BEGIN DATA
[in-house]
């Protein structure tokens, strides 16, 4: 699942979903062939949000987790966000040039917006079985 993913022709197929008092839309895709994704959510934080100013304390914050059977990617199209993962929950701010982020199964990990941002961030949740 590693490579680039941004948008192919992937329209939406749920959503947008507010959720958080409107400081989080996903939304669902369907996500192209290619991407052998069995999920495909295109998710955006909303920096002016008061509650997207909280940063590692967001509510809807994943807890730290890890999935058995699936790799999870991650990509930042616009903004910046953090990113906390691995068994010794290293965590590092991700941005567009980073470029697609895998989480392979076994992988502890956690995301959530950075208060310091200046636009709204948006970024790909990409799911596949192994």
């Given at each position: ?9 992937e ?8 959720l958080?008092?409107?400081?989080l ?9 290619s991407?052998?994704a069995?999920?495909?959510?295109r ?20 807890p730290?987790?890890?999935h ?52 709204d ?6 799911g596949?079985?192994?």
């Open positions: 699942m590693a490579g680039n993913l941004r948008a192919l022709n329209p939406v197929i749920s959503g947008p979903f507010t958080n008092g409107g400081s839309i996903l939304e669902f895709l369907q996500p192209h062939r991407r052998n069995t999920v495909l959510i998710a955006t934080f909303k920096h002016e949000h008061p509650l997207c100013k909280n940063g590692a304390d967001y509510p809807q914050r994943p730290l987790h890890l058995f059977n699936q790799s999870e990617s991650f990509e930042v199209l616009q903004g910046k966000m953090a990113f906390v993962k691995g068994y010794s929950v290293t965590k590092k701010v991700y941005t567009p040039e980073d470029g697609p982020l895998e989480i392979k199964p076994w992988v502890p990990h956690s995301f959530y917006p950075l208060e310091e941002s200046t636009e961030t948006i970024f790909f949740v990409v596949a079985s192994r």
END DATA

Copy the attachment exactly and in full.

[in-house]
């Protein structure tokens, strides 16, 4: 699942979903062939949000987790966000040039917006079985 993913022709197929008092839309895709994704959510934080100013304390914050059977990617199209993962929950701010982020199964990990941002961030949740 590693490579680039941004948008192919992937329209939406749920959503947008507010959720958080409107400081989080996903939304669902369907996500192209290619991407052998069995999920495909295109998710955006909303920096002016008061509650997207909280940063590692967001509510809807994943807890730290890890999935058995699936790799999870991650990509930042616009903004910046953090990113906390691995068994010794290293965590590092991700941005567009980073470029697609895998989480392979076994992988502890956690995301959530950075208060310091200046636009709204948006970024790909990409799911596949192994």
């Given at each position: ?9 992937e ?8 959720l958080?008092?409107?400081?989080l ?9 290619s991407?052998?994704a069995?999920?495909?959510?295109r ?20 807890p730290?987790?890890?999935h ?52 709204d ?6 799911g596949?079985?192994?």
């Open positions: 699942m590693a490579g680039n993913l941004r948008a192919l022709n329209p939406v197929i749920s959503g947008p979903f507010t958080n008092g409107g400081s839309i996903l939304e669902f895709l369907q996500p192209h062939r991407r052998n069995t999920v495909l959510i998710a955006t934080f909303k920096h002016e949000h008061p509650l997207c100013k909280n940063g590692a304390d967001y509510p809807q914050r994943p730290l987790h890890l058995f059977n699936q790799s999870e990617s991650f990509e930042v199209l616009q903004g910046k966000m953090a990113f906390v993962k691995g068994y010794s929950v290293t965590k590092k701010v991700y941005t567009p040039e980073d470029g697609p982020l895998e989480i392979k199964p076994w992988v502890p990990h956690s995301f959530y917006p950075l208060e310091e941002s200046t636009e961030t948006i970024f790909f949740v990409v596949a079985s192994r």